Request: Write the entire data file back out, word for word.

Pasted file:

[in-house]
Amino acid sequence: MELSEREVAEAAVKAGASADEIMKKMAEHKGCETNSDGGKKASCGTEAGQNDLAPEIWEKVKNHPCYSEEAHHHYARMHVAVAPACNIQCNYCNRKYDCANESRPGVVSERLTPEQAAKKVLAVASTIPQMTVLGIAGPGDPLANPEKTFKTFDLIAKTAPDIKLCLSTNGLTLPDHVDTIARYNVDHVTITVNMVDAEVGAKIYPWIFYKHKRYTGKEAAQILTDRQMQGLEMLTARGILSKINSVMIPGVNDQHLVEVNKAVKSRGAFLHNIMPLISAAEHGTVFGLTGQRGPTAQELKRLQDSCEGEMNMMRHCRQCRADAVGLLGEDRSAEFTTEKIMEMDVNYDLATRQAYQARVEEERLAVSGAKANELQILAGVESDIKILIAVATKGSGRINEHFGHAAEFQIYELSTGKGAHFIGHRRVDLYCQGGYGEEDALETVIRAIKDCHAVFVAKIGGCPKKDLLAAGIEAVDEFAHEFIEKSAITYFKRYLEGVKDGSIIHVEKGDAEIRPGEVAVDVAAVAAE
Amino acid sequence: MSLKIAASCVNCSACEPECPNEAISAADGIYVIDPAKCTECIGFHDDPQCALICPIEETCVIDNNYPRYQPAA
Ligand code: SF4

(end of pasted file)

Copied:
[in-house]
Amino acid sequence: MELSEREVAEAAVKAGASADEIMKKMAEHKGCETNSDGGKKASCGTEAGQNDLAPEIWEKVKNHPCYSEEAHHHYARMHVAVAPACNIQCNYCNRKYDCANESRPGVVSERLTPEQAAKKVLAVASTIPQMTVLGIAGPGDPLANPEKTFKTFDLIAKTAPDIKLCLSTNGLTLPDHVDTIARYNVDHVTITVNMVDAEVGAKIYPWIFYKHKRYTGKEAAQILTDRQMQGLEMLTARGILSKINSVMIPGVNDQHLVEVNKAVKSRGAFLHNIMPLISAAEHGTVFGLTGQRGPTAQELKRLQDSCEGEMNMMRHCRQCRADAVGLLGEDRSAEFTTEKIMEMDVNYDLATRQAYQARVEEERLAVSGAKANELQILAGVESDIKILIAVATKGSGRINEHFGHAAEFQIYELSTGKGAHFIGHRRVDLYCQGGYGEEDALETVIRAIKDCHAVFVAKIGGCPKKDLLAAGIEAVDEFAHEFIEKSAITYFKRYLEGVKDGSIIHVEKGDAEIRPGEVAVDVAAVAAE
Amino acid sequence: MSLKIAASCVNCSACEPECPNEAISAADGIYVIDPAKCTECIGFHDDPQCALICPIEETCVIDNNYPRYQPAA
Ligand code: SF4